eCureMe logo
  eCureMe home eCureMe log In Sign Up!
eCureMe Life : Your Healthy Living. Click Here!
Welcome, medical contents search May 11, 2013
       eCureMe Life
       Medical Supplies
       Calorie Count
       Physician Search
       Message Board
      E-mail Doctor
      E-mail Veterinarian
      Health-O-Matic Meter
      Calorie Count
      Natural Medicine
      Vitamins & Minerals
      Alternative Living
      My Health Chart
      Diseases & Treatments
      Atlas of Diseases
      Sexually Transmitted
      Drug Information
      Illegal Drugs
      Lab & Diagnostic Tests
      Internal Medicine
      Women’s Health
      Eye Disorders
      Skin Disorders
      Mental Health
      Resource Links
      Physician Directory
      Dentist Directory
      Hospital Directory

Non-Hodgkin's Disease

more about Non-Hodgkin's Disease

Lymphocytic Lymphoma, Lymphosarcoma, Histiocytic Lymphoma, Reticulum Cell Sarcoma, or lymphoma

  • Lymphoma is a cancer of the lymph glands.  The lymph glands are located throughout the body and help fight infection.  The cells that make up the lymph glands are called lymphocytes.  Lymphocytes are manufactured in the bone marrow.
  • Lymphoma is divided into two major types, Hodgkin's disease and non-Hodgkin's Lymphoma.  Non-Hodgkin's Lymphoma is actually a collection of many different lymph cancers.  Lymphoma may be slow growing or aggressive, depending on the cell type.

  • Enlarged lymph glands that are usually painless
  • Fever
  • Drenching night sweats
  • Weight loss
  • Abdominal pain
  • Abdominal fullness

  • Chest X-Ray may show widening of the mediastinum.
  • A CT scan of the abdomen and pelvis is used to detect enlarged lymph nodes.
  • Bone marrow biopsy is used to check for infiltration of the bone marrow.
  • Lumbar puncture (spinal tap) may be considered.
  • Biopsy will establish the diagnosis.  Histologic (specific cell type) will be determined.  The histologic type determines the aggressiveness of the Lymphoma.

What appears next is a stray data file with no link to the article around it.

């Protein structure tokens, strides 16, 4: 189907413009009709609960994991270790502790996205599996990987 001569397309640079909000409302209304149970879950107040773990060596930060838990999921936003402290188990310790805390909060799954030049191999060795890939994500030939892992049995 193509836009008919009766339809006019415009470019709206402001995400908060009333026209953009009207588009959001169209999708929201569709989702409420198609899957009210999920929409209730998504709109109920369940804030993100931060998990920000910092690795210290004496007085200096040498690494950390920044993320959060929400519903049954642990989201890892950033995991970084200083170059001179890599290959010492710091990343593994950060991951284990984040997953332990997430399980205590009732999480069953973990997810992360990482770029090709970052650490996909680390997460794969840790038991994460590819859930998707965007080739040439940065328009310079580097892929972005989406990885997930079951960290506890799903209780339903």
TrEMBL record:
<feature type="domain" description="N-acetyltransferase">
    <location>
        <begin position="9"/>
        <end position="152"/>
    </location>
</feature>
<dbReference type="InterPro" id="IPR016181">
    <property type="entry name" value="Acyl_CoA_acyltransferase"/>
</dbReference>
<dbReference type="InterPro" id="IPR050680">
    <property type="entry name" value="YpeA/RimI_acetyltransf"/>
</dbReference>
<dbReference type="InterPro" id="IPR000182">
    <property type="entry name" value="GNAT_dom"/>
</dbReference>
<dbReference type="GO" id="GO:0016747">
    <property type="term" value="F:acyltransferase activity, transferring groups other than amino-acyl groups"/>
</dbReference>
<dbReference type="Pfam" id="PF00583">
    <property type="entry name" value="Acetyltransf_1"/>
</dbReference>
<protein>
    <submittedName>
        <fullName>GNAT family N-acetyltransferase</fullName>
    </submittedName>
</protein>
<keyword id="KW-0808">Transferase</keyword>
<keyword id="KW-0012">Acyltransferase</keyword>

• Blood work: LDH (a chemical enzyme) level indicates extent of the disease.  Lymphocyte count may be elevated.

  • For low-grade Lymphoma, no treatment is usually undertaken initially.  As the disease progresses, Chlorambucil is prescribed every three weeks, or CVP combination chemotherapy (Cyclophophamide, Vincristine, and Prednisone.)  Bone marrow transplants are sometimes recommended for younger individuals.
  • Low grade MALT is a specific type of Lymphoma localized to the stomach and is sometimes completely cured with the use of antibiotics.
  • For intermediate/high-grade Lymphoma, radiation treatment for local areas of the disease is sometimes given.  Traditional treatment includes chemotherapy using the CHOP regimen (Cyclophosphamide, Doxorubicin, Vincristine, and Prednisone).  Other chemotherapy regimens may be considered.  Bone marrow transplant may also be considered.

more about Non-Hodgkin's Disease

If you want your friend to read or know about this article, Click here

medical contents search

Home   |   About Us   |   Contact Us   |   Employment Ad   |   Help

Terms and Conditions under which this service is provided to you. Read our Privacy Policy.
Copyright © 2002 - 2003 eCureMe, Inc All right reserved.